For the NES, when you shoot, the NES displays a single black frame, with a white square where the target is.
Inside the gun is a photodiode which conducts electricity when a light shines on it, so if the gun was aimed at the target, the white square lights up the photodiode, and then the NES interprets that as a hit.
The reason this doesn't work on modern TVs is that modern displays try to process the signal to make it look better, and then the upscale the video to fit the screen. This can take anywhere from 20 ms to 80 ms.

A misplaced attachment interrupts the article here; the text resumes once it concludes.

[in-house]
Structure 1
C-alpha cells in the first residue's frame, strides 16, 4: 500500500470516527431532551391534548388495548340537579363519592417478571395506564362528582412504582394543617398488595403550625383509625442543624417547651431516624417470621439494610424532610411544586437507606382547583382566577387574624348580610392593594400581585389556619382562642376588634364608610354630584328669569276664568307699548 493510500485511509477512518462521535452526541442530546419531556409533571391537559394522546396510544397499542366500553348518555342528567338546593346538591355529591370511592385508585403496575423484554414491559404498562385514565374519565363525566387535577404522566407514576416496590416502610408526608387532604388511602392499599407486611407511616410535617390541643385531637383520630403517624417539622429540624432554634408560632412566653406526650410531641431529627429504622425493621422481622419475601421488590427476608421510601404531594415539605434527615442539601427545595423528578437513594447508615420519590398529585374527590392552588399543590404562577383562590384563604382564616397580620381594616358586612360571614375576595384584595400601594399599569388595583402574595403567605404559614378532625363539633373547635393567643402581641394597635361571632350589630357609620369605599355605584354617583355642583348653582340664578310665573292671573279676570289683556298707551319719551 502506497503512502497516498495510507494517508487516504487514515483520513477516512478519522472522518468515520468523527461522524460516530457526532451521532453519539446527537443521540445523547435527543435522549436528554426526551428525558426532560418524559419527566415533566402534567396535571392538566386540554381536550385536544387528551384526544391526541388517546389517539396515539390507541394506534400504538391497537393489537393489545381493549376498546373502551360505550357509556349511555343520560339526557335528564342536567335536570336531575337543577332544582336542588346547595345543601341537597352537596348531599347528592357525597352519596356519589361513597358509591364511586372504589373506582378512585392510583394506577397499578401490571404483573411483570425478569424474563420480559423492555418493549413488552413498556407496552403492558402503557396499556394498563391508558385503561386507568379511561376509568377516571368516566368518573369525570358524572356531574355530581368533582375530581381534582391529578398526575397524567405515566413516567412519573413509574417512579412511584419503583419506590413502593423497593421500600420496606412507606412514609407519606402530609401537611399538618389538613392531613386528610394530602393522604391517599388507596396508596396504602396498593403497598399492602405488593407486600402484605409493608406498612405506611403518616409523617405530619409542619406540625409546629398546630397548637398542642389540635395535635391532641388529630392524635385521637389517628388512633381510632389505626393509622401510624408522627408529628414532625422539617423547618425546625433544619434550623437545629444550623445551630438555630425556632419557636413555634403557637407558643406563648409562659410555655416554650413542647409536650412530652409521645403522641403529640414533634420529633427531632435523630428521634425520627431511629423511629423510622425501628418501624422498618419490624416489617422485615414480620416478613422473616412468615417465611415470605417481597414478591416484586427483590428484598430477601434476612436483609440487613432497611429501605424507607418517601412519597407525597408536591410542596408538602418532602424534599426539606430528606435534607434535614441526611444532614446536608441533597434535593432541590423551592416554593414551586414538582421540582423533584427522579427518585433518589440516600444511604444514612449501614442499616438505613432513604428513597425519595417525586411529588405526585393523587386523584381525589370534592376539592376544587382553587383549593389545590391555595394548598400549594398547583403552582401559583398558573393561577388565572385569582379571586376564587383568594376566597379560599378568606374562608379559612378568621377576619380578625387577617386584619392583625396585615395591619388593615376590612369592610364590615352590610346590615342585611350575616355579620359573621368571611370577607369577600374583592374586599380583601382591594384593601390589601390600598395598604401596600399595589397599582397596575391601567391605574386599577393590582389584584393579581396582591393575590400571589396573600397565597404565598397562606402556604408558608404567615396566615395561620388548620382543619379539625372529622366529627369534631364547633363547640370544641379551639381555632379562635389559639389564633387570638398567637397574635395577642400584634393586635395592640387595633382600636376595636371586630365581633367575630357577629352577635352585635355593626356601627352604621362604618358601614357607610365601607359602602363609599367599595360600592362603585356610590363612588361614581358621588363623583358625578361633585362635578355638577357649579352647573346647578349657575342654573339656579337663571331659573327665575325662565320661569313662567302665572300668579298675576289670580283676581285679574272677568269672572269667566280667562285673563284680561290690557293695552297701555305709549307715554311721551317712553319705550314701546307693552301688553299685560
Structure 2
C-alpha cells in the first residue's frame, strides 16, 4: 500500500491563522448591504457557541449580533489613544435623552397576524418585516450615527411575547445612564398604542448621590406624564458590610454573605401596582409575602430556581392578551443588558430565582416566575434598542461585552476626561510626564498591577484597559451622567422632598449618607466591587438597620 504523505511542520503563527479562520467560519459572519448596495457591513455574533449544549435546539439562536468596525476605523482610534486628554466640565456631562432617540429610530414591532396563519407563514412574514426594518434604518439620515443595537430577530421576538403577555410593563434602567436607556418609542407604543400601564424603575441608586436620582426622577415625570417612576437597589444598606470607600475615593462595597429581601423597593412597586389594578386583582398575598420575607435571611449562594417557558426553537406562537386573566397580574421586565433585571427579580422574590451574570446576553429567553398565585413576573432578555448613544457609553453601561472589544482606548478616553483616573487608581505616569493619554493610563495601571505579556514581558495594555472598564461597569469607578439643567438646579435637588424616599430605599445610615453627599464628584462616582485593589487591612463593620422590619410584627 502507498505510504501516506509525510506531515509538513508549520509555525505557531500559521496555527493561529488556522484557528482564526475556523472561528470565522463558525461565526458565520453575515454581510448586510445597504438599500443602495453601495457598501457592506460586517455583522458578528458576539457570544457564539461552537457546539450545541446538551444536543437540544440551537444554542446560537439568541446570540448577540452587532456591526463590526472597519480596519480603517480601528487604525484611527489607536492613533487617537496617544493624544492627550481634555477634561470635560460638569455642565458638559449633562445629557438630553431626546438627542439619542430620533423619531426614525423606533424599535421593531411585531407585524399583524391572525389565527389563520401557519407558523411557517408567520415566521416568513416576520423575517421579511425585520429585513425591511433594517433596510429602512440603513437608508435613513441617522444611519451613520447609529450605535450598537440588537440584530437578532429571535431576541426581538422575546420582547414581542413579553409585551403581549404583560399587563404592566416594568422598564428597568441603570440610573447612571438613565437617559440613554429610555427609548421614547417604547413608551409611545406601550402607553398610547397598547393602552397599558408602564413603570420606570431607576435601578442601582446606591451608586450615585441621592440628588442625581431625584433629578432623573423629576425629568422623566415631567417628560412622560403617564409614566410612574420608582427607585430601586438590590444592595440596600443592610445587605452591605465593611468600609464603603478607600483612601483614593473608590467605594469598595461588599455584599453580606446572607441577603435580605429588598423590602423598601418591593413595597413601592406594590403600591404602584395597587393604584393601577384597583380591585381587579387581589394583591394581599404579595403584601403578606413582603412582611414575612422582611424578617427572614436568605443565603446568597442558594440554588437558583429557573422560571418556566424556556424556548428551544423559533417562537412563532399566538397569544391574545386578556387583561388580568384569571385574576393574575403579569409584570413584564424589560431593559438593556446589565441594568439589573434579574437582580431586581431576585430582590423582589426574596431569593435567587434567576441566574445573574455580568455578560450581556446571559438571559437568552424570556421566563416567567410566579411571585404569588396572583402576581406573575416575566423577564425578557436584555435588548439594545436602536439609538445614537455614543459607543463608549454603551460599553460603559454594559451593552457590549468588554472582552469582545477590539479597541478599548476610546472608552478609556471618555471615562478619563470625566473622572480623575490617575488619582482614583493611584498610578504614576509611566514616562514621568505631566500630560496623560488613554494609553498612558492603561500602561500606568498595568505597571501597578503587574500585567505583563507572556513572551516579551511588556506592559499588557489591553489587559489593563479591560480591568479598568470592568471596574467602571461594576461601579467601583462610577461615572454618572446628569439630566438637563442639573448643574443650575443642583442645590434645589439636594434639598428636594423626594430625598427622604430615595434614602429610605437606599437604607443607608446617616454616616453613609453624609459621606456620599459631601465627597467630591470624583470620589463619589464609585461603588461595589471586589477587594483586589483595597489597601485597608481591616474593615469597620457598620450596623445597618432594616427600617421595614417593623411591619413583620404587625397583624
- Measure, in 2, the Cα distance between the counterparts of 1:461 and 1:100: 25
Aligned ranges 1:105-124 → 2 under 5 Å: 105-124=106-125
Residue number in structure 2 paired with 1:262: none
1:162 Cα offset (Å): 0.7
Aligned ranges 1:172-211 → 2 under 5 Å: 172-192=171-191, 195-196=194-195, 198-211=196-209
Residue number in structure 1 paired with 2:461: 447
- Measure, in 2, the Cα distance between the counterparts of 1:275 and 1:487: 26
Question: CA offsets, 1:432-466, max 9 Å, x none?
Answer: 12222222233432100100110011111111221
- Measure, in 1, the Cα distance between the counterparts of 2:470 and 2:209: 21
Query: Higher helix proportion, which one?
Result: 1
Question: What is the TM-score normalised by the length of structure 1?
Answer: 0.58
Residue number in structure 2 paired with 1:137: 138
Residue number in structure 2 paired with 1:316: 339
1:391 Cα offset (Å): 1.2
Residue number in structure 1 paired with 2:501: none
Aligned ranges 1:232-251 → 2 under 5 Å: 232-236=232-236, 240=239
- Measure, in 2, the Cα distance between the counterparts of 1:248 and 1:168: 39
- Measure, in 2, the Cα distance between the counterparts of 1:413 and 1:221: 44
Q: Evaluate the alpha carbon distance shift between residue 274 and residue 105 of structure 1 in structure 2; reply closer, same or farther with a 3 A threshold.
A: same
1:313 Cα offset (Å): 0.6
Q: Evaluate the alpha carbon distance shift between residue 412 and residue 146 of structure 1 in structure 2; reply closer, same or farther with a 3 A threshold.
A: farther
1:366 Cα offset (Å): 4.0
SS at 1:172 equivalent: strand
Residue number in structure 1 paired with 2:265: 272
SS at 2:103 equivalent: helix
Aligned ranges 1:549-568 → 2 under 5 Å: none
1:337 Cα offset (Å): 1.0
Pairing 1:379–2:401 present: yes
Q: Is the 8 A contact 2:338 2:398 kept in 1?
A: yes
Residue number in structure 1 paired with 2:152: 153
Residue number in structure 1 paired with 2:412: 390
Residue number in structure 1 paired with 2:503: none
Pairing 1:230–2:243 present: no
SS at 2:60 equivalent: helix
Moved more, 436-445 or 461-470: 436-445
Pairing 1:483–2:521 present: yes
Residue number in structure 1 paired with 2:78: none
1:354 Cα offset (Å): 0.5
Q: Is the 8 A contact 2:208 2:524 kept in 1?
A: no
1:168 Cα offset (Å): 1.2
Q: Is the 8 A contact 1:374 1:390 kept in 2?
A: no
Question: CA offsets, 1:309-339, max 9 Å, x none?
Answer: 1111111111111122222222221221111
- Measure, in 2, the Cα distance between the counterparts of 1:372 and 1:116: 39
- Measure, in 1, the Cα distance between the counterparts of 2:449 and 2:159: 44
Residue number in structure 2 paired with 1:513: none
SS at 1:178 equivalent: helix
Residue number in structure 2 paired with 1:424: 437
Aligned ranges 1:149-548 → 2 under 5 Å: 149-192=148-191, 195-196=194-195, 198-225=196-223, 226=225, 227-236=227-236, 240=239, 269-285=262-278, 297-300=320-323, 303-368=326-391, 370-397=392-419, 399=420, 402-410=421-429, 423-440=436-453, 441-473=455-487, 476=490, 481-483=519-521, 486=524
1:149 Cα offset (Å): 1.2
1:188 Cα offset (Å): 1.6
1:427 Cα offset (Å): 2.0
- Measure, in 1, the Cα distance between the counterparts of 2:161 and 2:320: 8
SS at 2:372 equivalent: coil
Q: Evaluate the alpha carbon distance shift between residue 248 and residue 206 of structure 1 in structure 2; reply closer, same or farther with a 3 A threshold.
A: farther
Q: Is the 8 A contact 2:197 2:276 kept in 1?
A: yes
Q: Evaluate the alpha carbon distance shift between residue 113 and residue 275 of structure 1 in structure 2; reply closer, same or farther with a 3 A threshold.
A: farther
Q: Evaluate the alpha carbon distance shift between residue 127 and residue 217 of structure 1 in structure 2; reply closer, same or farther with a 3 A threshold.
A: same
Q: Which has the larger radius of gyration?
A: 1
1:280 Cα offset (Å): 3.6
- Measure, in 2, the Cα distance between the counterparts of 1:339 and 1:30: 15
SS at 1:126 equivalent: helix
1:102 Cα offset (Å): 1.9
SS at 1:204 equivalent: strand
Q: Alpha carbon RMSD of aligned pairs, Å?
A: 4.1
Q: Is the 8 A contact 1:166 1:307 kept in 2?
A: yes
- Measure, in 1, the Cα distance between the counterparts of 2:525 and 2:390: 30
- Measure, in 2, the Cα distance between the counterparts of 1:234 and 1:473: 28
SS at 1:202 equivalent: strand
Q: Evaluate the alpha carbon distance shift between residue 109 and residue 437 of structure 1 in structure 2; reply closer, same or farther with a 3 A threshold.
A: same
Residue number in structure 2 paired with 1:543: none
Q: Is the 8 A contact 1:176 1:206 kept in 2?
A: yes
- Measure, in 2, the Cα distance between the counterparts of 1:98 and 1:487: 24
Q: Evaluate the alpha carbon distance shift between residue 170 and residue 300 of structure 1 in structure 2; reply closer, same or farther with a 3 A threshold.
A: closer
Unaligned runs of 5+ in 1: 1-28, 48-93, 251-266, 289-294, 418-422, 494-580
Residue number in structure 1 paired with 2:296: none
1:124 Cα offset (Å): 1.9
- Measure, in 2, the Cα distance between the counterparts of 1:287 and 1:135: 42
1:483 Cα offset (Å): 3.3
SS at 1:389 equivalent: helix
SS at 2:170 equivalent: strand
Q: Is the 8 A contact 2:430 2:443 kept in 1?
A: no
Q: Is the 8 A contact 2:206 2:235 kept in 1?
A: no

This is a problem because the NES expects the black frame to be displayed instantaneously, which at 60 frames per second means under 16 milliseconds (although in practice it would need to be closer to 8ms).
There are other technologies though, like lightpens, which look for the electron beam to scan over the screen.
(By timing how long it takes from the start of the frame to the electron beam hitting the light pen's position, the computer/console can figure out where the pen is on the screen)
The only lightgun tech that works with modern displays is either an infrared system, like the Wii, or camera systems, like modern VR uses.